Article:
Dingle, Ireland: Greener than St. Patrick’s Day
By Andy Christian Castillo
I didn’t know what to expect when I booked a cheap Norwegian flight to Dingle for a week long writers workshop.
Last time in Ireland, I spent a few nights in Dublin and wasn’t that impressed. Yeah, there were bars aplenty; the city had a throbbing heartbeat; the Guinness factory is there.
But it didn’t have style like other European cities: Amsterdam, Rome, or Paris, which run away with your heart the moment you step off the train.
Thus, I descended apprehensively into Cork airport.
But then everything changed in County Kerry. Rolling hills stretched away into a soft horizon, sheep and cattle grazing inside stone walls. I traversed roads carved into the landscape; banks hedged either side overflowing with fuchsia wildflowers.
And on the the Dingle Peninsula, blue sea foamed hundreds of yards below as waves crashed white against jagged black rocks.
This was the place I’d first envisioned, greener than St. Patrick’s Day.
The region is steeped in rich farming history dating to prehistoric times. These days, fishing is a strong industry. Decaying structures including churches in overgrown graveyards and prehistoric buildings there for thousands of years can be seen along the coast.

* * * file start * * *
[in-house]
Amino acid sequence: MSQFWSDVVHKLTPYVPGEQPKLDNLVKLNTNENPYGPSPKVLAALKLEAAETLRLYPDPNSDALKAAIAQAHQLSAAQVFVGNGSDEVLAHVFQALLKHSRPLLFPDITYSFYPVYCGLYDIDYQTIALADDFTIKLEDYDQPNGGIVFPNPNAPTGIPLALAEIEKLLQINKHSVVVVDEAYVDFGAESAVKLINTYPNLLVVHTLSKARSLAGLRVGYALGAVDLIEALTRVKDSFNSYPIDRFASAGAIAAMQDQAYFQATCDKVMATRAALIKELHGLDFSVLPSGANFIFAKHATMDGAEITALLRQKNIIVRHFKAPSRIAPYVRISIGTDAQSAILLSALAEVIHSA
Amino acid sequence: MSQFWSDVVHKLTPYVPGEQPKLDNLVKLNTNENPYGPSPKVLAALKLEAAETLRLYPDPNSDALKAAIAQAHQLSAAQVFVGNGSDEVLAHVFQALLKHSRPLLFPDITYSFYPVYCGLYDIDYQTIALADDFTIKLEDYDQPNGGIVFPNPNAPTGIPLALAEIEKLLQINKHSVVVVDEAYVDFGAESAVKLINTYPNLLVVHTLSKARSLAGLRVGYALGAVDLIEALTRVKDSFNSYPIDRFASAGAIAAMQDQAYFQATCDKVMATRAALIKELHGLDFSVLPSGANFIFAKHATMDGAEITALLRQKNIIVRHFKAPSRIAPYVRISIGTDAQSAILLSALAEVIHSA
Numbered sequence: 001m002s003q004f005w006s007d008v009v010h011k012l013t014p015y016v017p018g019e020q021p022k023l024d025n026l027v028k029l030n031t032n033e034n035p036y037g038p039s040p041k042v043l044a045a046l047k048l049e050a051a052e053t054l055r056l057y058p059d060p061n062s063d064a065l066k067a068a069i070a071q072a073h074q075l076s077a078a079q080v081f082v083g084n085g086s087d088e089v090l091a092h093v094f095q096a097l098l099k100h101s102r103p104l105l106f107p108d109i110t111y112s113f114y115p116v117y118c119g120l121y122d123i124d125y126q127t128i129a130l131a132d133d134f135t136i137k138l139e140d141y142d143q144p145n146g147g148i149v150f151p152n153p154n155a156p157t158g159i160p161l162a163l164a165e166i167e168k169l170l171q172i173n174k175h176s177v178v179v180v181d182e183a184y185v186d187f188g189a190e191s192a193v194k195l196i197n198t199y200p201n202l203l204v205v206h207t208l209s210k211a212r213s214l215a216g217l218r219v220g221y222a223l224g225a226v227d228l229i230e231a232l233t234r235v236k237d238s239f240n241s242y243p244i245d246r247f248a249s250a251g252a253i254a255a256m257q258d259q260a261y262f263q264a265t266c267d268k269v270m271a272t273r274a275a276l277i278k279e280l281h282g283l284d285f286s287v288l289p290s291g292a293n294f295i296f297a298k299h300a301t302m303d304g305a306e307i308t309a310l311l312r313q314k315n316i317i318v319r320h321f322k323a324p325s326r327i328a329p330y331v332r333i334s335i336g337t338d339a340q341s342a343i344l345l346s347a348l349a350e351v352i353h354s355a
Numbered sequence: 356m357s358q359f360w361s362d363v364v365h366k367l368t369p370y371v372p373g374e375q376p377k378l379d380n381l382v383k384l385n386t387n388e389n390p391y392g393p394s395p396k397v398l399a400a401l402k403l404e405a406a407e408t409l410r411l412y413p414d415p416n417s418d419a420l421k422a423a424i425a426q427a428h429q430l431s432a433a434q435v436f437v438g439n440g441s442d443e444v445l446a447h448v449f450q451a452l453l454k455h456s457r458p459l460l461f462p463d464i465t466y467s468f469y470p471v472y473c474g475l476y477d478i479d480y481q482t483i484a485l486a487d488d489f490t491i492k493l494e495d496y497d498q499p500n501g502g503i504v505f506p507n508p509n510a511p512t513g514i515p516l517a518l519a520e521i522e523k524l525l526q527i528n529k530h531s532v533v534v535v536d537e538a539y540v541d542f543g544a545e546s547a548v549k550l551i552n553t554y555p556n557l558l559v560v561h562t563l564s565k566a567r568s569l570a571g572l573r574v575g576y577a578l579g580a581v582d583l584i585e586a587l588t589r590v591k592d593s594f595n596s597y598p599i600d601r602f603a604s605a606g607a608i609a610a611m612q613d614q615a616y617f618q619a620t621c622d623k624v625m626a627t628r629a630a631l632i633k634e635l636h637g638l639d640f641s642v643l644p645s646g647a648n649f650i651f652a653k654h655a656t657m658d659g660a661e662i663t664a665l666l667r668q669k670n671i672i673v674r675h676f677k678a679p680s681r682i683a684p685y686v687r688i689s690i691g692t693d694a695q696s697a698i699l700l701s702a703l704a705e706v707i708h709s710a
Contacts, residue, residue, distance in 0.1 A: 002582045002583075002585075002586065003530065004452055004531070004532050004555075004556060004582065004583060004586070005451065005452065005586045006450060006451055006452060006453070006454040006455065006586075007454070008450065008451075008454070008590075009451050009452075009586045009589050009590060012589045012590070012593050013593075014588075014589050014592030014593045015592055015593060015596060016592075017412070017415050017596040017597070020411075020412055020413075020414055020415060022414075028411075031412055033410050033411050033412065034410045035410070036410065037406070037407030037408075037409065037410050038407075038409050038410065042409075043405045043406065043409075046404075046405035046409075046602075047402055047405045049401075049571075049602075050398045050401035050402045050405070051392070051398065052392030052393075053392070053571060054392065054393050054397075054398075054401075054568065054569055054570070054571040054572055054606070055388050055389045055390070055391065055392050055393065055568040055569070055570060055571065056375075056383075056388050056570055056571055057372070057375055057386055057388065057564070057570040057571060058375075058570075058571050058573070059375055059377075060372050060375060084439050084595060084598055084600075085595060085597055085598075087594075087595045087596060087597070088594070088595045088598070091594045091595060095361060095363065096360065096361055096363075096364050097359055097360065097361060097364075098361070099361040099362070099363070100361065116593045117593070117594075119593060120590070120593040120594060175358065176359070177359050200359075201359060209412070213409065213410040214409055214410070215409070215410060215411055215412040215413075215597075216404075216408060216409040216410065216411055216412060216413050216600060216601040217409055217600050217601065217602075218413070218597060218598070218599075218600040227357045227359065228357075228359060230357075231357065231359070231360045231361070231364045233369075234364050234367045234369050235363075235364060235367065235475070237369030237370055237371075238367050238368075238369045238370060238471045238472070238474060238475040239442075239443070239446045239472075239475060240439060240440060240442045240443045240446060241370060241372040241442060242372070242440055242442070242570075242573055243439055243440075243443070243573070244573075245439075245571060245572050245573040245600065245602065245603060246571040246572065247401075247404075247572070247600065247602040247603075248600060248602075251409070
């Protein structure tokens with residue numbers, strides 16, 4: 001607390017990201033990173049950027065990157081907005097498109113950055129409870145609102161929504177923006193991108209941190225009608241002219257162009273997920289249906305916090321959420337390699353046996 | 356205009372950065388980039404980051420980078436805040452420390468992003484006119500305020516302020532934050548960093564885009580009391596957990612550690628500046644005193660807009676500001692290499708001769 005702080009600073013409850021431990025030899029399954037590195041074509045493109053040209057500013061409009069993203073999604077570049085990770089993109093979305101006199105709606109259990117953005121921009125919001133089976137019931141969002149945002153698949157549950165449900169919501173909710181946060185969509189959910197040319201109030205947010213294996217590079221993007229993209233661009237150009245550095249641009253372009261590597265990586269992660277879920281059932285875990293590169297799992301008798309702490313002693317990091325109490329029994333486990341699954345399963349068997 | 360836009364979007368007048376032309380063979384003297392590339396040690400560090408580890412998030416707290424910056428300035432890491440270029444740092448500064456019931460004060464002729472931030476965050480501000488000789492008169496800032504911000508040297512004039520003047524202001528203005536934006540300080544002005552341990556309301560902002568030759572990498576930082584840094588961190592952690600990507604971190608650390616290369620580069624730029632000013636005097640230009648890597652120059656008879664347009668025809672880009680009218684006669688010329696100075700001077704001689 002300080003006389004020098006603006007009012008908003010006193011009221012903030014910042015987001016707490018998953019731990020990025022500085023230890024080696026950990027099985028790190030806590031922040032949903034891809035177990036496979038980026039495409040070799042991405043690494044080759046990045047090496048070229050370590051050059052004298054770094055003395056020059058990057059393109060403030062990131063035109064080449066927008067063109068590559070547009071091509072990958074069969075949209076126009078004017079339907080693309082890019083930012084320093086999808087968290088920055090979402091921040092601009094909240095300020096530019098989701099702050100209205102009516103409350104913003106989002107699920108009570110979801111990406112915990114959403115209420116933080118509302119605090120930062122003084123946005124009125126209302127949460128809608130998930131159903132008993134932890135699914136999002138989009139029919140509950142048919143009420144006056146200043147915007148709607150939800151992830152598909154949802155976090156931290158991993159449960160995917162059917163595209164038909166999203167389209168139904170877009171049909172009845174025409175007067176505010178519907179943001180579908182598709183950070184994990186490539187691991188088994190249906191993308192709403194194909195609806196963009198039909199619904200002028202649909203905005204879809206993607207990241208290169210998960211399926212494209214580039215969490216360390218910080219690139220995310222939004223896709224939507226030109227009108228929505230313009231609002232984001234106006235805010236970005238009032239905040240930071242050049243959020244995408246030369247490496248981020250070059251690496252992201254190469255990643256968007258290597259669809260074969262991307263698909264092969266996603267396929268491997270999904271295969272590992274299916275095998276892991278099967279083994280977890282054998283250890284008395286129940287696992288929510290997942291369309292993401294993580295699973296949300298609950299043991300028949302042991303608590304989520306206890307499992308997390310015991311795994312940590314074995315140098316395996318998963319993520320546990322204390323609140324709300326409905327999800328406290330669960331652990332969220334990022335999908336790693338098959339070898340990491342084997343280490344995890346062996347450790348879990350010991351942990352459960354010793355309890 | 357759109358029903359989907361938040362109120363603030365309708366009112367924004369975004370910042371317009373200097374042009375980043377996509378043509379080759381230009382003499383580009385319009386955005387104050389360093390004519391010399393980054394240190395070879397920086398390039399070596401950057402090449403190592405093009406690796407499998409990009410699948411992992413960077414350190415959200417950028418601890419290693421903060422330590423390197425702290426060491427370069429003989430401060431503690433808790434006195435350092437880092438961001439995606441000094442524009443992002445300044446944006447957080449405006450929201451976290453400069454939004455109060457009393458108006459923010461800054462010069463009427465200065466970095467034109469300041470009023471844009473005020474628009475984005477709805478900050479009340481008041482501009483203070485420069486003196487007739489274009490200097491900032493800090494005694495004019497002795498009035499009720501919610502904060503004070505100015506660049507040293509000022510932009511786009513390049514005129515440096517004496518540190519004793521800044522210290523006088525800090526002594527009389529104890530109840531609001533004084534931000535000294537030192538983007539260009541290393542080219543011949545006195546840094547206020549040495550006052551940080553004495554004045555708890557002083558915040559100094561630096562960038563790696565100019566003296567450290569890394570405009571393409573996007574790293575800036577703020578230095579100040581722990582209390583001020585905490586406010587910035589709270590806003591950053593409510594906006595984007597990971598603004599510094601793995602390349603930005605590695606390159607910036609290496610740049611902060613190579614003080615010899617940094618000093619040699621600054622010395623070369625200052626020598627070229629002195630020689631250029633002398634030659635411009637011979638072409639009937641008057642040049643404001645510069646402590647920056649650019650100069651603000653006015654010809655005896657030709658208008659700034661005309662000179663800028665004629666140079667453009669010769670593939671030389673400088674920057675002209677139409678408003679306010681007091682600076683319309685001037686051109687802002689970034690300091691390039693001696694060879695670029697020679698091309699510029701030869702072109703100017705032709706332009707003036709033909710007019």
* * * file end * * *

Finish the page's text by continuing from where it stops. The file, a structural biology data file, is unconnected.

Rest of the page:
And the views everywhere are breathtaking.
It’s a photographer’s paradise. Most of my time driving a rental car down Slea Head Drive, a road that circles the peninsula, was spent out of the car, camera in hand, soaking it all in through the lens.
At night, tourists overflowed from bars spilling out onto the streets; jovial, laughing. I ate fish and ate well, washing it down with dark Guinness.
Wandering the streets, camera in hand, music followed me out from crowded restaurants.
That week, I attended a writer’s workshop, learning from experienced writers like Ann Hood, Boston poet Charles Coe, and educator Dinty Moore. It all seeped into my skin till I felt like I was going to explode.
In these times, when class ended, I escaped walking among sheep.
For the adventurous traveler
One particular day stands out amidst the rest.
Another photographer, Andres, and I drove down the peninsula and stopped at a small cove, leaving our car by the side of the road.
We trekked into a farmer’s field, over a stone wall, following a narrow trail. Cresting a rise, the wind pounded the coast like the waves pounded against the rocks. The path ended, we continued on a muddy sheep trail.
Sheep stepped aside as we tight roped around a cliff’s edge, leaning against rocks. We scaled out on sandstone rocks, jagged; their faces carved into upturned blades by the sea. Rain, perpetually a cloud away, soon chased us back from the rocks to the grass.
Hitchhiking is OK!
The Dingle peninsula is ideal for adventurous travelers. There’s plenty of opportunities to hike, and hitchhiking is totally acceptable. A few hostels can be found nearby.